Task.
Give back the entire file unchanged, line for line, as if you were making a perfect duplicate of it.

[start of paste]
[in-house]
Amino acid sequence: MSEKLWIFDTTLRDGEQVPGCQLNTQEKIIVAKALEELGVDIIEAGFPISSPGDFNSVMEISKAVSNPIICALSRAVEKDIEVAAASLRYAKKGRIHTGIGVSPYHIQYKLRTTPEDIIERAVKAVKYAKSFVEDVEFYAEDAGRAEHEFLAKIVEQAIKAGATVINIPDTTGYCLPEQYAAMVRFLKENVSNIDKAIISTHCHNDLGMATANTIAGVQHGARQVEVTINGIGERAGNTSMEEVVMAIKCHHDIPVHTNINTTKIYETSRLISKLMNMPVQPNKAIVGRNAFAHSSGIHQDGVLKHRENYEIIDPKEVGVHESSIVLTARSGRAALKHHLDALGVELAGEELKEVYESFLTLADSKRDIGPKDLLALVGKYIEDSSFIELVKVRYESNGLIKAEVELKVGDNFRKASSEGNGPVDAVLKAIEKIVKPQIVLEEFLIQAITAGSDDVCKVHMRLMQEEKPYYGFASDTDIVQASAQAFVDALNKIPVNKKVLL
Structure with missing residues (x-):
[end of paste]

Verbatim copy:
[in-house]
Amino acid sequence: MSEKLWIFDTTLRDGEQVPGCQLNTQEKIIVAKALEELGVDIIEAGFPISSPGDFNSVMEISKAVSNPIICALSRAVEKDIEVAAASLRYAKKGRIHTGIGVSPYHIQYKLRTTPEDIIERAVKAVKYAKSFVEDVEFYAEDAGRAEHEFLAKIVEQAIKAGATVINIPDTTGYCLPEQYAAMVRFLKENVSNIDKAIISTHCHNDLGMATANTIAGVQHGARQVEVTINGIGERAGNTSMEEVVMAIKCHHDIPVHTNINTTKIYETSRLISKLMNMPVQPNKAIVGRNAFAHSSGIHQDGVLKHRENYEIIDPKEVGVHESSIVLTARSGRAALKHHLDALGVELAGEELKEVYESFLTLADSKRDIGPKDLLALVGKYIEDSSFIELVKVRYESNGLIKAEVELKVGDNFRKASSEGNGPVDAVLKAIEKIVKPQIVLEEFLIQAITAGSDDVCKVHMRLMQEEKPYYGFASDTDIVQASAQAFVDALNKIPVNKKVLL
Structure with missing residues (x-):